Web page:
Furthermore, the ancient Martian rivers might have lasted much longer than expected. There might have been an external factor that ensured the extended presence of liquid water on Mars.
Mars is not a hospitable place for water, much less its liquid form. The planet's thin atmosphere and low levels of sunlight prevent it from getting enough heat to keep water from freezing or vaporizing.
As a result, researchers have always wondered how liquid water ended up on ancient Mars in the first place, much more remaining on the planet for long periods without getting vaporized by cosmic radiation.
A team from the University of Chicago presented their take on how the surface of Mars produced such massive rivers. They proposed that the ancient Martian waterways might have been replenished by heavy rains and atmospheric gases that trapped enough heat for precipitation.
The Chicago researchers theorized that the rivers on ancient Mars measured around twice the width of their widest Earth counterparts. Furthermore, they came across clues that massive amounts of water flowed across the surface of the planet from 3.6 billion years ago to as recently as one billion years ago.
NASA space probes sent back hundreds of orbital snapshots of these ancient waterways. And in 2012, the American space agency's Curiosity rover also took photographs of pebbles that showed clear signs of getting shaped and smoothed out by the flow of a river that dried out billions of years ago.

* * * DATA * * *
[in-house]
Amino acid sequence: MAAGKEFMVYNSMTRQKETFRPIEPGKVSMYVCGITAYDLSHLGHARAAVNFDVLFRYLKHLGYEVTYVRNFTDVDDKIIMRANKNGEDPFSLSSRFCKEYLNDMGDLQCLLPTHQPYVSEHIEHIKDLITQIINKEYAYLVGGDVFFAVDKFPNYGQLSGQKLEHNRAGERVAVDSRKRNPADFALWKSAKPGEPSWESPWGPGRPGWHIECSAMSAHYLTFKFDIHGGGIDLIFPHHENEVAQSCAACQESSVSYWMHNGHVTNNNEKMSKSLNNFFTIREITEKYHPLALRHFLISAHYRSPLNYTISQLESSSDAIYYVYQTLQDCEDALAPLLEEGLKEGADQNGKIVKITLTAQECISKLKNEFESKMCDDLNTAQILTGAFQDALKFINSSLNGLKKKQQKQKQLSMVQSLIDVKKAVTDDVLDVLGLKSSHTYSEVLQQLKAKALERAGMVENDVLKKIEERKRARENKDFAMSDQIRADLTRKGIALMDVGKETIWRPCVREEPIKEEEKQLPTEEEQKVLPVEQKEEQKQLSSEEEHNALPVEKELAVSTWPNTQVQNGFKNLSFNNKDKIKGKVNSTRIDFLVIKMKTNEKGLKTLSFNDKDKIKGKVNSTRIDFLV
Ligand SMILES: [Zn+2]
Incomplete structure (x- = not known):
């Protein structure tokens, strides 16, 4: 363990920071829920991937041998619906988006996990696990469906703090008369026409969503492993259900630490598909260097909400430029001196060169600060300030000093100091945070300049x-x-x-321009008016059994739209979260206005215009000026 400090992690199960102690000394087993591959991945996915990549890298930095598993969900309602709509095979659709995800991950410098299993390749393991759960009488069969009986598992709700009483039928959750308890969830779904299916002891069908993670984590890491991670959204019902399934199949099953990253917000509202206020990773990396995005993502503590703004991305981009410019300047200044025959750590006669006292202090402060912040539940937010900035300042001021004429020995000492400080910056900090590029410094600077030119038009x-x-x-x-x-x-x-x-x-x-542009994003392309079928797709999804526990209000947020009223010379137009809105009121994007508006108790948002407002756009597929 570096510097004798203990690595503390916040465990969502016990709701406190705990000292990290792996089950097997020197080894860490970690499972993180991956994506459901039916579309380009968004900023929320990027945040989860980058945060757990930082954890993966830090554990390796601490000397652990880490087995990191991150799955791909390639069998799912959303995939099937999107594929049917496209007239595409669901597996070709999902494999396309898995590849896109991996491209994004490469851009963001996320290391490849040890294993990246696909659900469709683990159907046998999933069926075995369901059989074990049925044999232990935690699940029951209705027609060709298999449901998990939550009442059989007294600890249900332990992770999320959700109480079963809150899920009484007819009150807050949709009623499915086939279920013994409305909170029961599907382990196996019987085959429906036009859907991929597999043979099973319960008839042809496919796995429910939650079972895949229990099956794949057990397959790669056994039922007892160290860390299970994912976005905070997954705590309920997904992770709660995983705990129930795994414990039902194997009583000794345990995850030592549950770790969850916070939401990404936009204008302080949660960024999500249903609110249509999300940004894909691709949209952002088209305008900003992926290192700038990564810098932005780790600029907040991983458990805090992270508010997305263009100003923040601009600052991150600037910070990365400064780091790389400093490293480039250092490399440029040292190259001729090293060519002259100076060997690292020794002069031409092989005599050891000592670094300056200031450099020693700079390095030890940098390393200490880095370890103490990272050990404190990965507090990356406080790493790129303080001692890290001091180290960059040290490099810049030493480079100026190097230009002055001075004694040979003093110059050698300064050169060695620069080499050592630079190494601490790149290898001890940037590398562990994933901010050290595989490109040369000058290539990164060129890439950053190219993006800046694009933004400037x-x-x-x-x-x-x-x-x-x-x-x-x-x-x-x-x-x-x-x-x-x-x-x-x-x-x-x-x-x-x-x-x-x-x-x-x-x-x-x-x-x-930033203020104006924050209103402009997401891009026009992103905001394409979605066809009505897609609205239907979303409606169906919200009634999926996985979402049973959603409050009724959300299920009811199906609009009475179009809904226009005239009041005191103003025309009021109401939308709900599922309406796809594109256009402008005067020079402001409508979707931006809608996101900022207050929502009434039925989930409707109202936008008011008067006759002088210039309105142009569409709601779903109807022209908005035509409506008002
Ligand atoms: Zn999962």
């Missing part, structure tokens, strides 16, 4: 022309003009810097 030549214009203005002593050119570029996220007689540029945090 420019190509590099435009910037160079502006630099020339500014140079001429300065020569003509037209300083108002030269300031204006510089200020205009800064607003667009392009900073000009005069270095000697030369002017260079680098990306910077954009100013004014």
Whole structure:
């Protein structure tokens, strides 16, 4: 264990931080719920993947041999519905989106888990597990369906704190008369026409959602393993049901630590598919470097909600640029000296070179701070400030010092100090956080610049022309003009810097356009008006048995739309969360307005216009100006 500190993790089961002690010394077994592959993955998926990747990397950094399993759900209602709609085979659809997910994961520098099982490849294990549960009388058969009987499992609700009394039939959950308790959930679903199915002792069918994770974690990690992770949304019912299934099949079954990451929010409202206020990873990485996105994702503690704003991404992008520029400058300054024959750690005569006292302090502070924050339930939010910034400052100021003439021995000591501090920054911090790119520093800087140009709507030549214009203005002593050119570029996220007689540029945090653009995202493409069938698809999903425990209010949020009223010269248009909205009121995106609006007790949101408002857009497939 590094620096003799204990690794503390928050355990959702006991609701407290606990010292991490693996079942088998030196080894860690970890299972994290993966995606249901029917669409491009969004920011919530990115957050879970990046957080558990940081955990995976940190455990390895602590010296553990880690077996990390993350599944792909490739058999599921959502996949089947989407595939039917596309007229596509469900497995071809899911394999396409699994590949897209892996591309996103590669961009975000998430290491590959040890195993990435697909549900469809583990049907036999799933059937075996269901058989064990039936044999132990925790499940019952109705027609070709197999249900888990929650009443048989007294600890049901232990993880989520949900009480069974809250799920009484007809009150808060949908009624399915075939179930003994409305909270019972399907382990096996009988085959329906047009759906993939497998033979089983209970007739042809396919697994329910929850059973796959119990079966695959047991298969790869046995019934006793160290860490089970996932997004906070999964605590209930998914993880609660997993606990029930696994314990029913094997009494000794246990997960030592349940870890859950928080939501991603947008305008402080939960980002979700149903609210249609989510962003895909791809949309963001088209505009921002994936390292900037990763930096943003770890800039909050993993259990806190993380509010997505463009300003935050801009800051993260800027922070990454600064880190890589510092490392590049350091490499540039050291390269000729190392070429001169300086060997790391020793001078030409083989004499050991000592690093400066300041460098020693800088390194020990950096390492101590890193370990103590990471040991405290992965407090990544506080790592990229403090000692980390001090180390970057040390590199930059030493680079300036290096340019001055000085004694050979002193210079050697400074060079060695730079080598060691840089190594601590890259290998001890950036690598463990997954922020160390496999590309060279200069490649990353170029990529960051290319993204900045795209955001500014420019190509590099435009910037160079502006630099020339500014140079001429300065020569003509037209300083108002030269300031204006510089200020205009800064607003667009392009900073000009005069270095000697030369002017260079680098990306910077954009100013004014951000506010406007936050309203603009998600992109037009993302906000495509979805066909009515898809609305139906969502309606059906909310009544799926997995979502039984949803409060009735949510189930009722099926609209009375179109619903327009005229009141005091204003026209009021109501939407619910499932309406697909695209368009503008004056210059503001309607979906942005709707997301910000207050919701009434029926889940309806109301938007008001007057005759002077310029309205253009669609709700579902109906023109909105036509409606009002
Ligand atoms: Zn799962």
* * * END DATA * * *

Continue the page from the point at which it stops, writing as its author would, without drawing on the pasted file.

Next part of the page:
The researchers concentrated on the images taken of more than 200 dry riverbeds on Mars. In particular, photographs that possessed elevation models provided plenty of evidence about the water on Mars and the climate that created it.
They found that water run-offs on Mars might have reached as much as 20 kg per square meter every day. Furthermore, the considerable amounts of running water appeared at hundreds of separate areas on the planet.
Based on their analysis of run-off data, the researchers concluded that the Martian rivers flowed nonstop. By extension, ancient Mars might have been warm enough to keep water in its liquid state. (Related: Satellite images of Mars show valleys and trenches where ancient rivers once flowed.)
Interestingly, the Chicago team suspected that Mars lost the majority of its atmosphere faster than previously believed. While assuring that their data might aid studies of the Martian climate, they also noted potential problems in combining their findings with models that used the older data.
In the future, researchers may need to add a powerful greenhouse effect to their computer models of the Martian climate. This heat-retaining effect allowed Mars to stay warm enough for water to remain in its liquid form instead of freezing into ice.
Chicago researcher Edwin Kite specialized in the history of Mars and the climates of other planets. The leader of the research team, he noted that their success made future investigations of Martian rivers and lakes more confusing.
“Indeed, even on ancient Mars, when it was wet enough for rivers some of the time, the rest of the data looks like Mars was extremely cold and dry most of the time,” explained Kite. “You would expect the rivers to wane gradually over time, but that's not what we see.”